Report reveals institutionalised discrimination for people with learning disabilities

A day after the government announced the appointment of Anne Williams as the new National Director for Learning Disabilities to address inequality, an inquiry has revealed the true extent of discrimination suffered by people with a learning disability.

The investigation entitled “Healthcare for all” has revealed that people with learning disabilities are suffering, in some cases dying because the NHS are not following statutory guidelines to protect them.

The enquiry was chaired by Sir Jonathan Michael, a former chief executive of Guy's and St Thomas' NHS Foundation Trust. It was launched following the death of six patients with a learning disability. The incidents included a woman refused treatment because doctors thought she may not cooperate, another victim was starved to death following a stroke.

Sir Jonathon’s findings confirmed huge disparities between the experiences of patients with a learning disability and that of other patients. However the report does not suggest theintroduction of any changes to legislation or policy. Instead the report suggests ensuring that guidelines set out by existing laws such as the Disability Discrimination Act are followed. Furthermore the report recommends making appropriate adjustments needed to ensure patients with a learning disability are treated equally.

The Inquiry looked to the Equality and Human Rights Commission to take a leading role in improving coordination among various health care inspection agencies and, when necessary, take robust enforcement action. As a further check and balance the report called for the setting up of a "National Confidential Inquiry" to monitor the response of the NHS in future years.

Responding to the findings Alison Giraud-Saunders, from the Foundation for People with Learning Disabilities, said:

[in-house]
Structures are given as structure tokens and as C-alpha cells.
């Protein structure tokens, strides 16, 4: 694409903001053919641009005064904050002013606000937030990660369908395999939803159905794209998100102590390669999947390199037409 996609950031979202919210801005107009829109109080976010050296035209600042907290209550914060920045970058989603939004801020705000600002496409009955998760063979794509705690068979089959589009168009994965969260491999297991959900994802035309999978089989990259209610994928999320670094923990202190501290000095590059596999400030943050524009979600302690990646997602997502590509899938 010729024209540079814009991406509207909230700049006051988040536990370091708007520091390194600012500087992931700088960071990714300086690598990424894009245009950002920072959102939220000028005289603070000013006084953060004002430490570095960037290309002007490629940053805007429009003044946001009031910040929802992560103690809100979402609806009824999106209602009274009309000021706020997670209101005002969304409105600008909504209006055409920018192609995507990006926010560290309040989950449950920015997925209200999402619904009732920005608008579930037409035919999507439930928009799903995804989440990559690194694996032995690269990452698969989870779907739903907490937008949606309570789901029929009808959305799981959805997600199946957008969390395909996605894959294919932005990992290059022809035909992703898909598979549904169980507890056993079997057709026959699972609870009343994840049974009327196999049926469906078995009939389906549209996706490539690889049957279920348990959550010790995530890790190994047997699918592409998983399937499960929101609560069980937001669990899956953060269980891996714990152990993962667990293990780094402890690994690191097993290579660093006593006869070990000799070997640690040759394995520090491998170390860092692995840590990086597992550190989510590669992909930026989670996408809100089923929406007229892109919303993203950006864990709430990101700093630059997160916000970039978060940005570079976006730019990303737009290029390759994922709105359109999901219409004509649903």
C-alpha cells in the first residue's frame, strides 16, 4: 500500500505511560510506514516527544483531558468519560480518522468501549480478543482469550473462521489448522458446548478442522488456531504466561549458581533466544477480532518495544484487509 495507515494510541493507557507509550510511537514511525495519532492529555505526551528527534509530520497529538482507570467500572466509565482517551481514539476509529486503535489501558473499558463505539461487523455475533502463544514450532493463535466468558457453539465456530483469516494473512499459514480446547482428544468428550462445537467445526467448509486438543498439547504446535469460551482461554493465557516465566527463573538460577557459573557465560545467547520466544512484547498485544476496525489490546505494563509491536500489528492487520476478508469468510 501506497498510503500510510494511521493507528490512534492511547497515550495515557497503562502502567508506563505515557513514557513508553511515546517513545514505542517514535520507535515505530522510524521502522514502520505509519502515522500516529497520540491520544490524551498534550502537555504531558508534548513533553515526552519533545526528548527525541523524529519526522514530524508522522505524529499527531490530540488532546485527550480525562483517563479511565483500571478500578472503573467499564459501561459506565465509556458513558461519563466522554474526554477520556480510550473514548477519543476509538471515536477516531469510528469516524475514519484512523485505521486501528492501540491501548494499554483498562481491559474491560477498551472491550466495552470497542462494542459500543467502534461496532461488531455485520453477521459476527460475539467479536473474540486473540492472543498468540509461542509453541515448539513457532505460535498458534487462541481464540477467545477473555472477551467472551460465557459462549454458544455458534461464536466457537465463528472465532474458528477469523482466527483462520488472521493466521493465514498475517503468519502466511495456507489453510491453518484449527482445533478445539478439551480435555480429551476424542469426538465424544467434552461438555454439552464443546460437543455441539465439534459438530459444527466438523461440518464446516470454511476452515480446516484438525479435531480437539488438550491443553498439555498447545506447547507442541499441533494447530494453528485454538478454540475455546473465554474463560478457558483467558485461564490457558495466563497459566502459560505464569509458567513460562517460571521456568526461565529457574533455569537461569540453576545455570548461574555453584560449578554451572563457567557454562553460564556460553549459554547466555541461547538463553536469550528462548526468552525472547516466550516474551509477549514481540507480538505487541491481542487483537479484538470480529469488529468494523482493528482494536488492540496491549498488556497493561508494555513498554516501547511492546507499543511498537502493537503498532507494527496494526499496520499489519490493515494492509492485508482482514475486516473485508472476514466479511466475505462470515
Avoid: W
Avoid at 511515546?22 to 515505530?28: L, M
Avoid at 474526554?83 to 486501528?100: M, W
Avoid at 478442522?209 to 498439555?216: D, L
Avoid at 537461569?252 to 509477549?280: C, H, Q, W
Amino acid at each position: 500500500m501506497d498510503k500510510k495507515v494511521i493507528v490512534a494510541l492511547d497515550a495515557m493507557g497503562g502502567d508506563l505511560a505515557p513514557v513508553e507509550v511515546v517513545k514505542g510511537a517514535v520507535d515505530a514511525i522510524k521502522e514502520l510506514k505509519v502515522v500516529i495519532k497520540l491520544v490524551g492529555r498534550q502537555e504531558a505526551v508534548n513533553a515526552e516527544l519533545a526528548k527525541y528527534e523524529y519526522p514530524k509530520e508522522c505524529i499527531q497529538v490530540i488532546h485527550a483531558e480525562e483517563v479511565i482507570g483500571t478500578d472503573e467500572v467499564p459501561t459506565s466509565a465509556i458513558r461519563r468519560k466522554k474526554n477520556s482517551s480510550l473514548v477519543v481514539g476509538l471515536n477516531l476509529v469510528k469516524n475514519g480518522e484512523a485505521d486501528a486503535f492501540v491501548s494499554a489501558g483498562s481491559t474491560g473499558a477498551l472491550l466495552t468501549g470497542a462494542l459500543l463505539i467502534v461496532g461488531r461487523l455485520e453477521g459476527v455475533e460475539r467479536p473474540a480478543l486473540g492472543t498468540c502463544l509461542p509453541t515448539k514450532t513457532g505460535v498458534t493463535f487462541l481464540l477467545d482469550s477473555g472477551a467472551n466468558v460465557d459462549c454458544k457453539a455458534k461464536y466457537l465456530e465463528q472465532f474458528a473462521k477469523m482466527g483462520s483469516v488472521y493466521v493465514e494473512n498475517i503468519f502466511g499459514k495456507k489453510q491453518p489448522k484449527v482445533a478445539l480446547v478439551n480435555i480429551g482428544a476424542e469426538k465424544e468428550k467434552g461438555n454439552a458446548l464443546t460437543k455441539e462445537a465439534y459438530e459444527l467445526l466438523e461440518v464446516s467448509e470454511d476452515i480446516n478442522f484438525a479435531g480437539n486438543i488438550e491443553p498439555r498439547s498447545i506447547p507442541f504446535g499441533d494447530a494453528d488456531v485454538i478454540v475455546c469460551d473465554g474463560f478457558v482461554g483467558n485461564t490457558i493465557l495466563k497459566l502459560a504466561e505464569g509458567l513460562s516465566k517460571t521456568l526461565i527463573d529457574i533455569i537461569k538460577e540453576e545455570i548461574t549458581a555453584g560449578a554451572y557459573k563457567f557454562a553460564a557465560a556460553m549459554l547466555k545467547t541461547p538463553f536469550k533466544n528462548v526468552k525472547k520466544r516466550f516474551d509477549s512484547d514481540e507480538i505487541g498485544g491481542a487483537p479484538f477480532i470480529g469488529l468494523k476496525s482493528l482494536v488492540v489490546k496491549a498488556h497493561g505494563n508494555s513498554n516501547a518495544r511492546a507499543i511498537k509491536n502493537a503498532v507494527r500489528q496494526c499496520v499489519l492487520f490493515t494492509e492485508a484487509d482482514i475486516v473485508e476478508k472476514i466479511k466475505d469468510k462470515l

"While the report it is to be welcomed, it must not be allowed to join the growing pile of paper promises that people with a learning disability have become used to."

"Immediate action needs to be taken to implement the inquiry's recommendations."

Patrick Diamond, Group Director of Strategy at the Equality and Human Rights Commission said:

Dignity and respect are not optional extras when it comes to caring for people, including those with learning disabilities. There should never be a second class service. This report has made what is often invisible visible, and is a stark warning that more must be done to prevent any more tragic and unnecessary deaths.'

Commenting on the publication of Sir Jonathan Michael's report, Healthcare for All, Steve Barnett, Acting Chief Executive at the NHS Confederation which represents over 95% of NHS organisations said:

"We welcome the publication of Sir Jonathan Michael's important report and his comprehensive recommendations.  The NHS completely accepts the need to urgently address poor practice building on what is known about good quality care.

Responding to the findings Mencap’s chief executive Dame Jo Williams, called for mandatory learning disability training for all health care professionals.


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Healthcare For All report

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Asif Yusuf



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